Similarly, Dubois was another influential and important African American leader of the early civil rights movement. He was profoundly involved in many aspects of the movement, including working for equal education and opportunities for blacks, fighting against racism and segregation, and pushing for social reform. He joined the civil rights movement in the early 1900s, and he became a leader in the Niagara Movement, which aimed to end racial discrimination. He co-founded the NAACP, and he served as its first director of research12. Dubois wrote extensively on race relations, African American culture, and social injustice, including his well-known book “The Souls of Black Folk.” His work aided in shaping the way many people think about these topics, and he remained an important figure in the discussion of race relations in America.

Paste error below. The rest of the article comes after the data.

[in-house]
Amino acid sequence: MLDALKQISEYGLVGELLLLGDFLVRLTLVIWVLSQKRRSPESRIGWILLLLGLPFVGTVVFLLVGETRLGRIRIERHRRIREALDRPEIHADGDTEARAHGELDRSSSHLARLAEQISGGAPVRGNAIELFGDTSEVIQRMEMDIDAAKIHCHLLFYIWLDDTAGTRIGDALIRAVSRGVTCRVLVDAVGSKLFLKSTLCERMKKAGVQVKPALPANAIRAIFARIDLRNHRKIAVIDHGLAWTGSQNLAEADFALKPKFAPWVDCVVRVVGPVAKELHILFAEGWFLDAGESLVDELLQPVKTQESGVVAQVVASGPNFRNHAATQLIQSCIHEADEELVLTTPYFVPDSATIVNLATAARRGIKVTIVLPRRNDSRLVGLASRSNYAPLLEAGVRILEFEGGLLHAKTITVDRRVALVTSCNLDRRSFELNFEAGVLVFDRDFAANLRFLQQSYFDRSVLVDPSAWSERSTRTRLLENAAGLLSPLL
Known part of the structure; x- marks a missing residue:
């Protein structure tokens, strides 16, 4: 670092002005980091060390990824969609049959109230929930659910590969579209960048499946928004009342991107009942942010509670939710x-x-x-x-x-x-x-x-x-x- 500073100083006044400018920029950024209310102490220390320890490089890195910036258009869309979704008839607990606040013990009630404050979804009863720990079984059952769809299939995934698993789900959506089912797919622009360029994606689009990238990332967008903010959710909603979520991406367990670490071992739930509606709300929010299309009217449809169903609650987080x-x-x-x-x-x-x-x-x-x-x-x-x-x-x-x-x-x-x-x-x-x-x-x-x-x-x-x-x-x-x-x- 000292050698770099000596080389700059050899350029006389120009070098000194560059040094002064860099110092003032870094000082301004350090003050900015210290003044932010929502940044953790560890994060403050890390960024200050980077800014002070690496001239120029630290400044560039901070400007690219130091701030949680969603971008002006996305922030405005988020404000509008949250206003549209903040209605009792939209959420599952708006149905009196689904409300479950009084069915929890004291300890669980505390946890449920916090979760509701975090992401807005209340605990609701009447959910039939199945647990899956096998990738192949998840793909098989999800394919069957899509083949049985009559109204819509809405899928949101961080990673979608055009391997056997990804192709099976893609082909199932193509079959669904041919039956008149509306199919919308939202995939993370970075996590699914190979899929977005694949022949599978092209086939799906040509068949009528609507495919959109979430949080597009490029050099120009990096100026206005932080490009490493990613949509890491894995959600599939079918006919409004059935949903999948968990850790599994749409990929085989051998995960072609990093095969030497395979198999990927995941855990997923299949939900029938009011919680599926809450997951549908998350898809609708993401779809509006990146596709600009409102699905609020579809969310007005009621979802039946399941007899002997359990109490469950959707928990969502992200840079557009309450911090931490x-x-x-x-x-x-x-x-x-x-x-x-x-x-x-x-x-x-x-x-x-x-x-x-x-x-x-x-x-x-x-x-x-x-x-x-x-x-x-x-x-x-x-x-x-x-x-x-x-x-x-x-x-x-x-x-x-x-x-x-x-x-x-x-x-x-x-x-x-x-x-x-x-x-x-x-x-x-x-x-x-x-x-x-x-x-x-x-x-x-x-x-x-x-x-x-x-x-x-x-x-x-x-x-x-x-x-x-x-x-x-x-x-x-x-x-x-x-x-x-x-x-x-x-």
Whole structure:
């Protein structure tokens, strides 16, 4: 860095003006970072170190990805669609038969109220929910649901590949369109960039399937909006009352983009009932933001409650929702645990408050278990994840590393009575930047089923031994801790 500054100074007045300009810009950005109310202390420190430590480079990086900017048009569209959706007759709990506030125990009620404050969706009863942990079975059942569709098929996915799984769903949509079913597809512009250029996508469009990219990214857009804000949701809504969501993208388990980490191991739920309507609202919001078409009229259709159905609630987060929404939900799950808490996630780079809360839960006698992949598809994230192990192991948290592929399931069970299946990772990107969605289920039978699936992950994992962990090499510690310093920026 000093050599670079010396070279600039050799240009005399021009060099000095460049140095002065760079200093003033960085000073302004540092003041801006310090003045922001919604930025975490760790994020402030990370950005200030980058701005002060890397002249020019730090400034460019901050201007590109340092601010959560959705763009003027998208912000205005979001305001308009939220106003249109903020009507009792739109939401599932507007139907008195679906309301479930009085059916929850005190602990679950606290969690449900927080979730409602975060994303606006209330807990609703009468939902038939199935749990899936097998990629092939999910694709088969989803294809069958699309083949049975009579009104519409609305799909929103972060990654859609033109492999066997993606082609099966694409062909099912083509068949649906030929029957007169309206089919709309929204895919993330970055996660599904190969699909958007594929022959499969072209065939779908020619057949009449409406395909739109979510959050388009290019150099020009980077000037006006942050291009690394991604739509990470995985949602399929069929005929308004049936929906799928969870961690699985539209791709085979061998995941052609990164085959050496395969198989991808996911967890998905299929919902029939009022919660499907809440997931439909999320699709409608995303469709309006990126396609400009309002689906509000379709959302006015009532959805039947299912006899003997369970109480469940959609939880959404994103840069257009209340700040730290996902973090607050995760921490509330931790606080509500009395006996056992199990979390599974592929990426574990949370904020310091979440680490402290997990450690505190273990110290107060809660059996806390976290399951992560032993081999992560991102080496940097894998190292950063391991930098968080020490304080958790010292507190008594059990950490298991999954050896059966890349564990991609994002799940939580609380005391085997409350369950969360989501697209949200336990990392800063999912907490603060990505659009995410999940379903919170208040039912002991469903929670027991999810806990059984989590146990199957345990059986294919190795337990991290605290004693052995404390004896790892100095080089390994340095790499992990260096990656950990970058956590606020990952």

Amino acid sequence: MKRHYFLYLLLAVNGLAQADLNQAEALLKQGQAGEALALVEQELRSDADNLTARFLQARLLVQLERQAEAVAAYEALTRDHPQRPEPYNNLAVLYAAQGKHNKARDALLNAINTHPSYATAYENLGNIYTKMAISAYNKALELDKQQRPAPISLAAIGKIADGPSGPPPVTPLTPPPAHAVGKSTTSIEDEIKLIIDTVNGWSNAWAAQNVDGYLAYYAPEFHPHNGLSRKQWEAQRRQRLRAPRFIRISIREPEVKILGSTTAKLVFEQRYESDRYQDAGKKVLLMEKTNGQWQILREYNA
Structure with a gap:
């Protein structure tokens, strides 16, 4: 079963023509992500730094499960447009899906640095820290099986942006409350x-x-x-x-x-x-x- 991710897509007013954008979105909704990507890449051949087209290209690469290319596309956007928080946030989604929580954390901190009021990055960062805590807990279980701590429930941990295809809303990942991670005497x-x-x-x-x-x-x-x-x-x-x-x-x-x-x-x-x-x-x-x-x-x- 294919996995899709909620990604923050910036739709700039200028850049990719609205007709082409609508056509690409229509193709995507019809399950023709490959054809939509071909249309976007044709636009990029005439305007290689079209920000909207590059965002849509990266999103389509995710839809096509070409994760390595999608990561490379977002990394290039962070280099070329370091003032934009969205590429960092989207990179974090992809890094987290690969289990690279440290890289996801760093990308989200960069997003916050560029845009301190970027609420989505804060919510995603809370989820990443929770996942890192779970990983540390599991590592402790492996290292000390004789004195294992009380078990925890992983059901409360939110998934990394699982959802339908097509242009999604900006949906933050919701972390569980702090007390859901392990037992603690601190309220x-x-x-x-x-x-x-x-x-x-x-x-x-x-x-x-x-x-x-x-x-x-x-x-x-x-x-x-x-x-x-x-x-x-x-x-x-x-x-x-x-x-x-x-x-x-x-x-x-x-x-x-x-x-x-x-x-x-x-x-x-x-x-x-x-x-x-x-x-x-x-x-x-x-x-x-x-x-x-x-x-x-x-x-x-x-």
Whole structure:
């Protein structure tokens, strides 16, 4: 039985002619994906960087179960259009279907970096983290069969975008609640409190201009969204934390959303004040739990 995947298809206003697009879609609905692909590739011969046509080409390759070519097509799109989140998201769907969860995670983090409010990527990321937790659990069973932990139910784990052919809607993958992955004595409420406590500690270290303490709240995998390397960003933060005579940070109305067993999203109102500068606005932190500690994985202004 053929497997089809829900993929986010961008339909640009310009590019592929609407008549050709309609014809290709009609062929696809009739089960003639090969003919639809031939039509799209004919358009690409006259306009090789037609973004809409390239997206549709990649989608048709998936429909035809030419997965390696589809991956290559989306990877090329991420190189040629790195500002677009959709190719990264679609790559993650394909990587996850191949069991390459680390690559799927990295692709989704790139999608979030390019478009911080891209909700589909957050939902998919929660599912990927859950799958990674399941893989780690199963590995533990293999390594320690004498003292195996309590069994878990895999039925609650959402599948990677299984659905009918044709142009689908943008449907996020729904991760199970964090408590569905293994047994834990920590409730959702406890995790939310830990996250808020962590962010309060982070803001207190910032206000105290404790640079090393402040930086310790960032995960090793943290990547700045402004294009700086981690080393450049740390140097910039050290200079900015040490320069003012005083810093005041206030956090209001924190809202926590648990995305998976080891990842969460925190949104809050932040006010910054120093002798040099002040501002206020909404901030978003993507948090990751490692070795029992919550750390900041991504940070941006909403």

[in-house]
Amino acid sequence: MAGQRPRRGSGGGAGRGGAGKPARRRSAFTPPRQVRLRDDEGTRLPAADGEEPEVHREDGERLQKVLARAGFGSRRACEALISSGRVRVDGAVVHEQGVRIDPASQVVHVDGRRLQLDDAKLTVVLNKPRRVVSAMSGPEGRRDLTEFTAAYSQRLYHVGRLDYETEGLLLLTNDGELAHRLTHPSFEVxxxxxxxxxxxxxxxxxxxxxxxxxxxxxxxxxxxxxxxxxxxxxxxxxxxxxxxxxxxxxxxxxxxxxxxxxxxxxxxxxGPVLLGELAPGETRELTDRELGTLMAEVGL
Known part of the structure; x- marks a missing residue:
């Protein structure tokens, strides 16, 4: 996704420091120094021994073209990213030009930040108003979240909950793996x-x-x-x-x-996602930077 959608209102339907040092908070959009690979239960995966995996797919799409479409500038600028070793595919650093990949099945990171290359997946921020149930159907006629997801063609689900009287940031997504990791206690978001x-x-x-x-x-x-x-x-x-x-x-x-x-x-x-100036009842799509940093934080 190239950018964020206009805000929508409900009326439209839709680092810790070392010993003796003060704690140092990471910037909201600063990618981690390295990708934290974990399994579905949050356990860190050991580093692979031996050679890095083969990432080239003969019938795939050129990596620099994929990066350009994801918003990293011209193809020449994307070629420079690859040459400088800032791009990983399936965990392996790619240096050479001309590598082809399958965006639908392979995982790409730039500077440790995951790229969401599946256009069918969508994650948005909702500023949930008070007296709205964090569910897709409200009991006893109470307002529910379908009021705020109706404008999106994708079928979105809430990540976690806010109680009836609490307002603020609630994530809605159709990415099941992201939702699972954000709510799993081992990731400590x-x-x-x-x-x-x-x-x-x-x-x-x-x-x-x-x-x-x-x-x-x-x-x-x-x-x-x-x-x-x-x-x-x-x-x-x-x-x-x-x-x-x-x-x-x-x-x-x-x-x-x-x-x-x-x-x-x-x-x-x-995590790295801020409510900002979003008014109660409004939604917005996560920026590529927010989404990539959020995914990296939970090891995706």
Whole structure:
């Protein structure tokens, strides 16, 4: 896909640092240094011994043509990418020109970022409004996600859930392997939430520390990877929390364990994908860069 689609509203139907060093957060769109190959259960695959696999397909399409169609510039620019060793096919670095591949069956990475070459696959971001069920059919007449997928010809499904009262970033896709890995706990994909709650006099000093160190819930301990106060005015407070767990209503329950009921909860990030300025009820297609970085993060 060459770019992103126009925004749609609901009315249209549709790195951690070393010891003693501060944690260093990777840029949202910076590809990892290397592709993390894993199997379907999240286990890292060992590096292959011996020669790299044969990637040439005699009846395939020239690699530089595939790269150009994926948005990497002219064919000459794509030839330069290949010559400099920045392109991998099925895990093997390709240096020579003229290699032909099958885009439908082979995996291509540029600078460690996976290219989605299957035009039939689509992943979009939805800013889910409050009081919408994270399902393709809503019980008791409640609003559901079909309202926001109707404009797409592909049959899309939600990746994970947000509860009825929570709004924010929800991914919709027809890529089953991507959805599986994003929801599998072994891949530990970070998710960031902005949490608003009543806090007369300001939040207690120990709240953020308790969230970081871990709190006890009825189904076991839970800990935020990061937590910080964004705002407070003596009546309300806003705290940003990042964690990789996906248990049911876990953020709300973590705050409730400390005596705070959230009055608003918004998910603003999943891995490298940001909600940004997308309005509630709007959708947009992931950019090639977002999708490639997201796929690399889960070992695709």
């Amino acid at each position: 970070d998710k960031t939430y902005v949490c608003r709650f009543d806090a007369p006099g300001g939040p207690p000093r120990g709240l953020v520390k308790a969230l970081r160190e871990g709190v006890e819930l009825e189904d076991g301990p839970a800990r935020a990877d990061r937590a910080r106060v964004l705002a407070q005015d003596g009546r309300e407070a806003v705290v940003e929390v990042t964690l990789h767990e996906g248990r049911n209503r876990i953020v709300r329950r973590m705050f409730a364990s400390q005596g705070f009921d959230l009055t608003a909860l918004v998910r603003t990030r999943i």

Thirdly, Booker was more conservative than Dubois on social issues such as gaining of intermarriages, and they advocated for different change systems. The two African American Community leaders had different philosophies on how best to promote the cause of African-Americans. Washington advocated for economic self-sufficiency in order to provide African Americans with a means to escape poverty and racism. He believed that if African Americans could become economically self-sufficient, they would be in a better position to demand equality and respect. Additionally, Washington felt that economic self-sufficiency would help to improve the image of African Americans in the eyes of white America. The difference in their philosophies came down to the fact that Washington believed that white people would ultimately be fair and just in their treatment of African Americans.